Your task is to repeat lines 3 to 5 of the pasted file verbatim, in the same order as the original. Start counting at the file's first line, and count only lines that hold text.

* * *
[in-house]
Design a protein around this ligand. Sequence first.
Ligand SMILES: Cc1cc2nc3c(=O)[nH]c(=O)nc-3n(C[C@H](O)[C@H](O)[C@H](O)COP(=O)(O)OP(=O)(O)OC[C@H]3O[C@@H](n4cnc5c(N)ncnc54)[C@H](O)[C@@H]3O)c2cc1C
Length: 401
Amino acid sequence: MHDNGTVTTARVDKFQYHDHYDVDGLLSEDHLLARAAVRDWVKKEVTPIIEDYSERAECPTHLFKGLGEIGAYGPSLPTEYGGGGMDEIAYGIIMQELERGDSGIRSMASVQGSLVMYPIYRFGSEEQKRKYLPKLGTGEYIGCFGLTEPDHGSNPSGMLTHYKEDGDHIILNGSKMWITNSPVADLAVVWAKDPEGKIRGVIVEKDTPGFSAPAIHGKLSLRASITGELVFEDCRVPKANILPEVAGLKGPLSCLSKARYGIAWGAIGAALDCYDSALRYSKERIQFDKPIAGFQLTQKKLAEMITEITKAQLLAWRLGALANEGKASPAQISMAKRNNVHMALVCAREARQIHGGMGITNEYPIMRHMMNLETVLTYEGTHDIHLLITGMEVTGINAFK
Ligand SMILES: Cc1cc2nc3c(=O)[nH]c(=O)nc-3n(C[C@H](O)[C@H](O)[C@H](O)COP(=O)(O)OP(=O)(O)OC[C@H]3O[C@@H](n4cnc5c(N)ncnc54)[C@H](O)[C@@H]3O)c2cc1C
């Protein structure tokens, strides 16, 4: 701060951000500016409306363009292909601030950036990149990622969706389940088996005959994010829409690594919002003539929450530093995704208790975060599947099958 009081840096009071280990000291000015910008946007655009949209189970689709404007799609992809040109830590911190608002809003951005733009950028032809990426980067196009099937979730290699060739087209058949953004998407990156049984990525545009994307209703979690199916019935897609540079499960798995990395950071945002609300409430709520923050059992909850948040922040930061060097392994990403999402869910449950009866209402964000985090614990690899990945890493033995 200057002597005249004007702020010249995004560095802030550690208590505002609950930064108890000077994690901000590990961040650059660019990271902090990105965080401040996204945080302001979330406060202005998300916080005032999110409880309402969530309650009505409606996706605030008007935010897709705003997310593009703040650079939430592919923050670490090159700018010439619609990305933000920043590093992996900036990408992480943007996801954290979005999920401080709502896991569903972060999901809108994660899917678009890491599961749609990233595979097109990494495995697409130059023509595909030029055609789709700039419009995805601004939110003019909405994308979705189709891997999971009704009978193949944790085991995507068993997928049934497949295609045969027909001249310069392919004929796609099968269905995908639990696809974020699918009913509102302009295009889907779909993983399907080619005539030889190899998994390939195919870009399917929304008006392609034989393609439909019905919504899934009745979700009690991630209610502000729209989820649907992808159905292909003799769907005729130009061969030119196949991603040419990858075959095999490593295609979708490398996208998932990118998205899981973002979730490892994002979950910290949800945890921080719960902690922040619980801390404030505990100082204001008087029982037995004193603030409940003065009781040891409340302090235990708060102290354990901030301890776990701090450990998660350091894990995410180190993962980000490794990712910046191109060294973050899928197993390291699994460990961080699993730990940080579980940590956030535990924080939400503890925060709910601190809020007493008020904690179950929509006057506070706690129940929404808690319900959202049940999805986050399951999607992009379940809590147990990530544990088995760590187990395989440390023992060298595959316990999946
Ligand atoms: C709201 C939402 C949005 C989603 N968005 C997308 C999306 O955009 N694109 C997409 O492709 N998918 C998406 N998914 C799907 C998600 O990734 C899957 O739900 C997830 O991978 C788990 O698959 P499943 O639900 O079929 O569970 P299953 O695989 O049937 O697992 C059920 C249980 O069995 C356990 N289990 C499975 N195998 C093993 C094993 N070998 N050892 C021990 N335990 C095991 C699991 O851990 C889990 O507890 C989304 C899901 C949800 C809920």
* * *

Ligand SMILES: Cc1cc2nc3c(=O)[nH]c(=O)nc-3n(C[C@H](O)[C@H](O)[C@H](O)COP(=O)(O)OP(=O)(O)OC[C@H]3O[C@@H](n4cnc5c(N)ncnc54)[C@H](O)[C@@H]3O)c2cc1C
Length: 401
Amino acid sequence: MHDNGTVTTARVDKFQYHDHYDVDGLLSEDHLLARAAVRDWVKKEVTPIIEDYSERAECPTHLFKGLGEIGAYGPSLPTEYGGGGMDEIAYGIIMQELERGDSGIRSMASVQGSLVMYPIYRFGSEEQKRKYLPKLGTGEYIGCFGLTEPDHGSNPSGMLTHYKEDGDHIILNGSKMWITNSPVADLAVVWAKDPEGKIRGVIVEKDTPGFSAPAIHGKLSLRASITGELVFEDCRVPKANILPEVAGLKGPLSCLSKARYGIAWGAIGAALDCYDSALRYSKERIQFDKPIAGFQLTQKKLAEMITEITKAQLLAWRLGALANEGKASPAQISMAKRNNVHMALVCAREARQIHGGMGITNEYPIMRHMMNLETVLTYEGTHDIHLLITGMEVTGINAFK